Legalization of cannabis countrywide is on schedule, despite calls for a delay by Indigenous leaders and others.   

In a May 1 report on Bill C-45—the act legislating the use, cultivation, and sale of cannabis—the Senate’s Aboriginal Peoples Committee recommended the government delay legalization for up to a year to address potential harmful effects in Indigenous communities.

Within a day of the report, Prime Minister Justin Trudeau assured Canadians that legalization would happen this summer.

“We have been talking with our partners across the country on making this happen, and we are going to be moving forward this summer on the legalization of cannabis,” he said May 2 in Ottawa.

Trudeau said the current system isn’t working, harming youth and “sending 6 or 7 billion dollars every year into the pockets of organized crime.”

Since Bill C-45 was passed in late 2017, the Senate and government have agreed to a final vote on June 7 in order to allow jurisdictions time to roll out their policies. That new timetable means Canadians may have to wait until August or early September to legally buy marijuana.

Right now, law enforcement has no reliable way to prove when drivers are high on marijuana. | Pixabay

For local Indigenous services, there are unknowns. Cheryl Whiskeyjack, executive director of Bent Arrow Traditional Healing Society, said they’ve been monitoring the upcoming legalization in tandem with their partners and children’s services.

“It will be interesting to see whether it will change the work we do,” said Whiskeyjack, noting she’s looking at legalization from two lenses.

“One is from our staffing perspective. We don’t see it really changing,” she said. Staff must show up at work free of any cannabis, the same as for prescription drugs and alcohol.

The second lens is for the community and families they serve. Whiskeyjack said she’d like social services to be less judgmental of clients.

“They have an expectation or bias that (individuals) cannot be using any of those substances and be an effective parent. I don’t think it’s true—only if it’s a problem,” said Whiskeyjack, noting what’s more important to her staff is whether consumption is having a negative impact. “There are a number of ways to see if it’s becoming an issue. Consistently coming late to work, for example.”

For Edmonton Police Service (EPS), two years of studying the impacts of legalizing cannabis in parts of the U.S. have helped them prepare. They also did a risk assessment to understand the possible effects on policing and how to work with them.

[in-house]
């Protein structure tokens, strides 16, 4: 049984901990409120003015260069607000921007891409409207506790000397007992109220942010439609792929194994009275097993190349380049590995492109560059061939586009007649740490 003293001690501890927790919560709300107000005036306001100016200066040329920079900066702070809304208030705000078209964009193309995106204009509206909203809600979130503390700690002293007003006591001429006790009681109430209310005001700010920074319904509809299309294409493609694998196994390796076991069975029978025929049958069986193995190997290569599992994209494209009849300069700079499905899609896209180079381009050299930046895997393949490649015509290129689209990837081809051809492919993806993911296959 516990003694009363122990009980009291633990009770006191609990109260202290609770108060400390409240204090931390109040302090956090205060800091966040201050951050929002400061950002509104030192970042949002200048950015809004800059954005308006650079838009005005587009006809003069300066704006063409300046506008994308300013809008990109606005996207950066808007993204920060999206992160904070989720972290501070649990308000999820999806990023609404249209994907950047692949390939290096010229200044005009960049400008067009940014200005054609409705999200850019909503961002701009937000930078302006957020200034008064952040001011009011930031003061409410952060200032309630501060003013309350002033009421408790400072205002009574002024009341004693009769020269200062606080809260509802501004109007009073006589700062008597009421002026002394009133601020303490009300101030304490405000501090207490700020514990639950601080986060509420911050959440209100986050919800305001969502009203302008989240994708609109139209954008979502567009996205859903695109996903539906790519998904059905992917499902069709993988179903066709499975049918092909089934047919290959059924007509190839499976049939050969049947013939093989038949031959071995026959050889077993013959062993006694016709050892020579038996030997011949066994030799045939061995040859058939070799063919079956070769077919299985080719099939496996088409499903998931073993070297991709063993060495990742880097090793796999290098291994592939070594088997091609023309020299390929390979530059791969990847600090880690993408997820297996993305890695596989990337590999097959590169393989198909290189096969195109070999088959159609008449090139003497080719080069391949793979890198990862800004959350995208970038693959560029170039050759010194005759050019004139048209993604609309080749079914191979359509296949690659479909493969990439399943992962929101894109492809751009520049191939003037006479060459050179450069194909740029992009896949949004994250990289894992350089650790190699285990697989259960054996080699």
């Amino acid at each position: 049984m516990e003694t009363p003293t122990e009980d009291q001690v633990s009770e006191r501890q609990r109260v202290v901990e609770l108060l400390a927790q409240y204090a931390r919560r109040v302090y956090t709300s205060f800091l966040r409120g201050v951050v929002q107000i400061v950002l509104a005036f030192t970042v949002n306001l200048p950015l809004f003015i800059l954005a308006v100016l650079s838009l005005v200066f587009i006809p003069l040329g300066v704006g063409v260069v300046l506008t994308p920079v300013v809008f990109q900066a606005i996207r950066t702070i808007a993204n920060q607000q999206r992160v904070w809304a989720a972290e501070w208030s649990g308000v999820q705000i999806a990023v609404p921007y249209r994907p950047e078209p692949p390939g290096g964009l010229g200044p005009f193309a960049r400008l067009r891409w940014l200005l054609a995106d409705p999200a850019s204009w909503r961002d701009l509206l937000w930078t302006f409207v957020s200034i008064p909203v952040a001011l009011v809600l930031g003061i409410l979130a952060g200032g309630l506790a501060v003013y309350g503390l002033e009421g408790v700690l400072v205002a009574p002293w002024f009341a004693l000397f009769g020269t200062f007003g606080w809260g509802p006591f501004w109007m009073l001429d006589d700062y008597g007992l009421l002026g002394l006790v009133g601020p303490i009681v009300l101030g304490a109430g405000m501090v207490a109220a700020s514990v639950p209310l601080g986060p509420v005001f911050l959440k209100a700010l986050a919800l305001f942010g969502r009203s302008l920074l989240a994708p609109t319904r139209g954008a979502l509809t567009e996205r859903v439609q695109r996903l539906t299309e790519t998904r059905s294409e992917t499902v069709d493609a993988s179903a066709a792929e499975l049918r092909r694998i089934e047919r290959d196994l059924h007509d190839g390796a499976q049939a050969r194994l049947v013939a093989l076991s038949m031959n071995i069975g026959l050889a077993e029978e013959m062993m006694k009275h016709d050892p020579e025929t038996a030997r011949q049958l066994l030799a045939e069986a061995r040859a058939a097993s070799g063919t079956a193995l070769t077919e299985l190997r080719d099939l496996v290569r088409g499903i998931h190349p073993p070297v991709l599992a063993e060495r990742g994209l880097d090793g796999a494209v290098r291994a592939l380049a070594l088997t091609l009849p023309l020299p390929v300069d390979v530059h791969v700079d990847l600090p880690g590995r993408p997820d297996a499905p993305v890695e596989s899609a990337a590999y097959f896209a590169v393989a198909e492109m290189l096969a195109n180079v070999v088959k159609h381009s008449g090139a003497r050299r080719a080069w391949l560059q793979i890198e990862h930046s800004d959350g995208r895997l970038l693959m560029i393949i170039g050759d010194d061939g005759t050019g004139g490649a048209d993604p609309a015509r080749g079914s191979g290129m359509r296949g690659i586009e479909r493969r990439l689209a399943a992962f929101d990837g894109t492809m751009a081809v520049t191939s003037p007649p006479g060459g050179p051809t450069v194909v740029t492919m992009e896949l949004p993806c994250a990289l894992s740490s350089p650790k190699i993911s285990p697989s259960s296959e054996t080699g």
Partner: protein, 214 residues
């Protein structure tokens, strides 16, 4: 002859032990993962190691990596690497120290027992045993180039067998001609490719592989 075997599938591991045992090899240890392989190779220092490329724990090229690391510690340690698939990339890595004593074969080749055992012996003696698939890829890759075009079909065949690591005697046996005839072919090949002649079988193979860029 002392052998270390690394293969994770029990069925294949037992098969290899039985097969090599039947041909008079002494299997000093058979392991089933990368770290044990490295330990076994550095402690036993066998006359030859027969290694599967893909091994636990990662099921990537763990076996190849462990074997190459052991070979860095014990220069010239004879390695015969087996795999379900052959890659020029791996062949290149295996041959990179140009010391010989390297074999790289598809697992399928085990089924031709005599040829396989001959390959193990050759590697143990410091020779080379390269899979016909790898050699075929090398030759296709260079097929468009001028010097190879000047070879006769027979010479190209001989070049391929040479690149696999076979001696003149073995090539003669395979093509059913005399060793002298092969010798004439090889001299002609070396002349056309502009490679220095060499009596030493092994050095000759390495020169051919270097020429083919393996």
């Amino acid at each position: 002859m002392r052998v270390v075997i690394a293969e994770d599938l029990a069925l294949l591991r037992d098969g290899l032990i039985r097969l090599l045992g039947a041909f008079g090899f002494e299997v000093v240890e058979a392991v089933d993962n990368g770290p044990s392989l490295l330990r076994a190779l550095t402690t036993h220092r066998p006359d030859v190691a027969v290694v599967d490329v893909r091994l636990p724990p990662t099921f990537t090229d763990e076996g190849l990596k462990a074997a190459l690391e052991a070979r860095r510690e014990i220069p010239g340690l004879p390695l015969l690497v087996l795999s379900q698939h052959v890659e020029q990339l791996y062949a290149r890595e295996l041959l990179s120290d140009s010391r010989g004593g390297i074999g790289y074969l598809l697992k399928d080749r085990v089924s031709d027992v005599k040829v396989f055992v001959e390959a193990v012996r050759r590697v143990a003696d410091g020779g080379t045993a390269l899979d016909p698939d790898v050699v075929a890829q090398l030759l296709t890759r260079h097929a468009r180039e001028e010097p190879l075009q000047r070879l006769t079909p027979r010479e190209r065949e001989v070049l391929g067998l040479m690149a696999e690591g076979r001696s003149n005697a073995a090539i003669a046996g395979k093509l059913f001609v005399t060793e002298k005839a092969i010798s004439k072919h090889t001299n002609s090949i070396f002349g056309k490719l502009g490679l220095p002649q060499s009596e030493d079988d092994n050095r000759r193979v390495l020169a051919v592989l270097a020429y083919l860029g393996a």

“As the new legislation unfolds, we will continue to adapt to it as required,” said Al Murphy, superintendent of EPS northwest division.

Murphy said two concerns are the potential increase in drug-impaired driving and “our ability to effectively detect it.”

Currently, there’s no reliable way to prove when drivers are high on marijuana. Under new federal and provincial rules, zero tolerance for impaired drivers with a graduated licence will include cannabis. But until pot detection devices are approved, police must rely on observed behaviour and standard sobriety tests. Police agencies are concerned that could cause hold-ups in court.

Steven Townsend, a small business owner in Edmonton and Parkdale resident, is an advocate of recreational cannabis. He is onside with the summer deadline.

“Of course there will be hiccups when it first rolls out, but this has been a long time coming,” he said.

He agrees with the federal position that money from marijuana is going to a “so-called, criminal element” rather than legitimate businesses which pay taxes.

“That said  . . . most people in the industry are otherwise law-abiding citizens,” said Townsend. “Legalization can give some of these people the ability to legitimize their business and no longer do it under the threat of imprisonment.”

Visit for an extra article about city concerns and work regarding cannabis legalization.

Featured Image: Marijuana legalization is set to happen late this summer. | Pixabay